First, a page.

After completing Part I of the Assignment, provide an analysis and demonstrate critical thought in your response to the following:

  • Identify any areas in your MSE that require follow-up data collection.
  • Explain how using the cross-cutting measure would add to the information gathered.
  • Do Carl’s answers add to your ability to diagnose him in any specific way? Why or why not?
  • What concerns would you have about Carl’s mannerisms in the interview or his spontaneous content and unusual beliefs?
  • How would you address these mannerisms and beliefs?
  • Would you discuss them with Carl now or in the future? Why?

The Diagnostic Interview:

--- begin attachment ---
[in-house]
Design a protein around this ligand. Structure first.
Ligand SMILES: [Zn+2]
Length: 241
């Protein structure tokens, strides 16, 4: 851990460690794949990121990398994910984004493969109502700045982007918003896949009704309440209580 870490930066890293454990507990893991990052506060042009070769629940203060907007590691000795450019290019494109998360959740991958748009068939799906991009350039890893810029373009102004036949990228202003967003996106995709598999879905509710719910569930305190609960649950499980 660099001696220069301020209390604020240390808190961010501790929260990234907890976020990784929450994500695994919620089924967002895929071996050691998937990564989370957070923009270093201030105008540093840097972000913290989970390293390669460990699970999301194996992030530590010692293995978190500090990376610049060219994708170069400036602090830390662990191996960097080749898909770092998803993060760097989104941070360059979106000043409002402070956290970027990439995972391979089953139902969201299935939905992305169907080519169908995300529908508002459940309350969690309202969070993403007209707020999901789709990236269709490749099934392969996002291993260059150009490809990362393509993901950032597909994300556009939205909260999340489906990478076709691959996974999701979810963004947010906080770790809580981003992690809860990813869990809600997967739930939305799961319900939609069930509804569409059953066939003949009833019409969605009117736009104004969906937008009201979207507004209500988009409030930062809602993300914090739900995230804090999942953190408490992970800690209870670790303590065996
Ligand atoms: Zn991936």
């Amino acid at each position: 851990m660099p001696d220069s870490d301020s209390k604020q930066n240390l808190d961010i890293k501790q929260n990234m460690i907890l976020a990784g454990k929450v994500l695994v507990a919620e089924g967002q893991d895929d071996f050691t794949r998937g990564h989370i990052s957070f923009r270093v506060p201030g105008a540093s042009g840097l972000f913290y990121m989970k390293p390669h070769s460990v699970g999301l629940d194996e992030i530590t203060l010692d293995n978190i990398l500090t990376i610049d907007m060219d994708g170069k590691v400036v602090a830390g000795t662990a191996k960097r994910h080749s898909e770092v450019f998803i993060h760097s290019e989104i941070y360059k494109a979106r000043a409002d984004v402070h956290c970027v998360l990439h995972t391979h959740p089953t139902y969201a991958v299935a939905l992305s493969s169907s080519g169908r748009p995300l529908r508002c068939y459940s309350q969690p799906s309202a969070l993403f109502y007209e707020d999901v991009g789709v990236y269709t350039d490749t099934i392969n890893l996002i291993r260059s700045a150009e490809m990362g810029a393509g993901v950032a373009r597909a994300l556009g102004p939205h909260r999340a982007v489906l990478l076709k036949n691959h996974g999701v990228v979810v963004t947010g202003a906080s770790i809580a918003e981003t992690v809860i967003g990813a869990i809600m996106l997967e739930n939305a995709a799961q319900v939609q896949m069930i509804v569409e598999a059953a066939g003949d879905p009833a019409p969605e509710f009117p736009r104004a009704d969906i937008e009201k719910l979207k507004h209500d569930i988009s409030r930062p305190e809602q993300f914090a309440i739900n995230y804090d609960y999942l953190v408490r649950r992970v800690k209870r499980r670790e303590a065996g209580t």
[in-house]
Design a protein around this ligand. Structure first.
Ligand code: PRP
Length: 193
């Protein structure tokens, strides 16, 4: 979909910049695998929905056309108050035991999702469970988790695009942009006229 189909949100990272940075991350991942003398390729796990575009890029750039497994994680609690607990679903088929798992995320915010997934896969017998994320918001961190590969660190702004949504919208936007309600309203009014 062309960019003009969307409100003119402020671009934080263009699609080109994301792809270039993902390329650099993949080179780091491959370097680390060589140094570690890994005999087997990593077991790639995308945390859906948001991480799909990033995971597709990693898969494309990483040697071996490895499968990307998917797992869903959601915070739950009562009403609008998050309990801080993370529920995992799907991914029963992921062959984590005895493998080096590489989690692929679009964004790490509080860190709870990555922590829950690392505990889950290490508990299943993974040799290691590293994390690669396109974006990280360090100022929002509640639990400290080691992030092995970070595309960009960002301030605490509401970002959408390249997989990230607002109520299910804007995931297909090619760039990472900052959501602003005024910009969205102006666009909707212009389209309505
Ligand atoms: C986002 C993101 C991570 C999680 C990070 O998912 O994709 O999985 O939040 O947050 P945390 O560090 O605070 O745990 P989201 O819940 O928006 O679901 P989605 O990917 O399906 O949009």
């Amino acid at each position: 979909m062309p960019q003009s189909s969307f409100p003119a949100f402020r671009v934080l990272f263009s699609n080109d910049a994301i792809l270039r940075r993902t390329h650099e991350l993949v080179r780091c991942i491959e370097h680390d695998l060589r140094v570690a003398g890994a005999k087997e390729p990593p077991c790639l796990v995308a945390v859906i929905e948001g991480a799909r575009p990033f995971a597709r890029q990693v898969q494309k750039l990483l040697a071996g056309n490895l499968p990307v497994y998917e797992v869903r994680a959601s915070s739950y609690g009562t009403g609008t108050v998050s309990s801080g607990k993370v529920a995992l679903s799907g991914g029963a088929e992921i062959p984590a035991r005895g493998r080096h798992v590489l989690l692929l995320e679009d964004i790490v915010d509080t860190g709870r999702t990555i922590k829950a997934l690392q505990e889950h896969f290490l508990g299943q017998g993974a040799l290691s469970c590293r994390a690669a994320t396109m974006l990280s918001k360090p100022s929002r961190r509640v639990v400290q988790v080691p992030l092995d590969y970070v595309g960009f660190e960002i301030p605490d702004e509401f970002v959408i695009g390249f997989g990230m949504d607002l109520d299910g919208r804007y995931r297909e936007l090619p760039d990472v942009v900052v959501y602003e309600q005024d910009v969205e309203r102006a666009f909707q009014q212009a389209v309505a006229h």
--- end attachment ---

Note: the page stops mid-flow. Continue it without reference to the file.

The Mental Status Exam, Risk and Safety Assessments Program Transcript [INTRO MUSIC PLAYING] DIANE RANES: As you will quickly realize, professional diagnosis is far more than just linking a person with a diagnostic label. In fact, linking an individual to a diagnostic label without a complete professional process is directly in violation of many social work ethical codes. Professional diagnosis is a broad and a continuous process that is actually closer to developing a working hypothesis than to labeling. Professionals form their initial diagnostic hypothesis, and they continue to refine it using evidence-based tools or validating it over time in the treatment process. The professional diagnostic process starts with very good data gathering, including a number of different kinds of elements that you might not be familiar with. Diagnosis starts with a particular type of interview called a diagnostic or psychiatric interview. And that interview uses many elements from a biopsychosocial assessment. But it also includes some unique parts like the mental status exam, which is a structured way of assessing mental functions such as memory, speech, thought processes, affect, and orientation. The psychiatric interview also includes details of symptom occurrence and any other psychiatric or family histories of psychiatric issues. Gathering complete information is followed by a careful analysis, which is called a differential diagnosis. That aspect of diagnostic thinking is about carefully considering each of the many possible conditions that a client might have in weighing the most likely possibilities. Especially in diagnosis, you are searching for patterns of symptoms and other distinguishing features which best explain an illness. So the logical process of decision making that you use to narrow down choices is this decision tree, which is simply a way of step-by-step considering alternative diagnoses that might have similar symptoms. Sometimes the decision trees are based on preexisting models done by psychiatric experts. These are especially helpful when you’re new to the process. So within a decision tree process, you’re simply comparing and contrasting the symptoms and the observations from your mental status exam to the DSM V’s knowledge base, criteria by criteria. And often you’re looking at several possibilities. A decision tree simply helps you not miss any important steps by going through the options one at a time. The logical process of analysis with or without a decision tree helps the diagnostician avoid error, especially familiarity bias and to generally keep an open mind. That is especially important when you have an early idea about a diagnosis that you think might be accurate. Not jumping to conclusions too © 2018 Laureate Education, Inc. 1 The Diagnostic Interview: The Mental Status Exam, Risk and Safety Assessments quickly guards against making mistaken diagnoses, which can be very harmful. And these are called false positives. Remember too, that diagnosis is continuous. While a professional diagnosis starts at a particular moment in time, when the client comes to you for help, it’s not a static process. That initial moment is like taking a photograph. It represents only a small sample of an individual’s total functioning. In diagnosis, we look in depth at the last 12 months of a person’s functioning. But the story does not end there. Past information can help to confirm a diagnosis, as in a bipolar disorder where a person sometimes has 10 years of mistaken diagnosis before a correct one is made. Current and ongoing functioning is even more reliable than past history in validating a diagnosis. If a person responds well to the treatment plan, more confirmatory information should emerge. If not, the entire process should be reviewed. If we believe that individuals change and that they are impacted by everything around them, then it’s easy to recognize that many initial diagnoses might need regular reevaluation. That matters even when an illness has more enduring features as in schizophrenia, which is a lifelong disorder. Even here, the person may be reaching a phase of partial remission. And we’ll need that milestone added to the diagnosis to understand the cycles. Even in the short-term conditions such as an adjustment disorder, the DSM will have guideline information as to what might occur in treatment response. In adjustment disorder, a person should be substantially recovered within six months’ time. Viewing diagnosis in this continuous, ongoing and integrated way will avoid error. You’ll find that quality treatment requires tracking progress. And treatment plans often need adjusting for all kinds of unforeseen events. Diagnosis can be changed when new information comes into the picture. A diagnostic interview also uses evidence-based tools to ask about risk situations, whether those are caused by violence, general safety, or the risk of death by suicide. You probably already know that the World Health Organization has identified depression as the leading mental health problem worldwide. Nearly one in 10 people worldwide has a mental disorder. And within those who are ill, the World Health Organization considers clinical depression and suicide risk as the top priorities worldwide. Here in the United States, the National Institute of Mental Health tell us that the classic form of depression, which is major depressive disorder, impacts about 16 million adults aged 18 or older in one year alone– only one year, and that is only one of the unipolar depressive illnesses, and only one cause of suicide. Suicide risk is on the rise in the United States overall and within many special © 2018 Laureate Education, Inc. 2 The Diagnostic Interview: The Mental Status Exam, Risk and Safety Assessments populations. While most nonprofessionals think of suicide as an inherent part of a mood disorder, suicidality is very common in many other types of mental disorders. Suicide attempts are common in borderline disorders, in bipolar disorders, in PTSD, in schizophrenia, and in many other conditions and situations. And risk escalates even further in all situations if substance use is involved. Some individuals will also develop the desire to kill themselves as part of receiving an intractable physical illness diagnosis. Suicide risk is obviously on a wide continuum, ranging from recurrent vague wishes to be dead to direct plans and very overt suicidal behaviors. Even chronic self-harm without suicide intention can easily escalate to a direct attempt to die. We also know that the risk of suicide is very high in the six months after a person has seen a medical provider, and even after they have been admitted to suicidal ideation treatments. Suicide risk remains very high after discharge from hospital stays and from other forms of active treatment. Sadly, few states and few mental health professionals have been adequately trained in suicide prevention in response.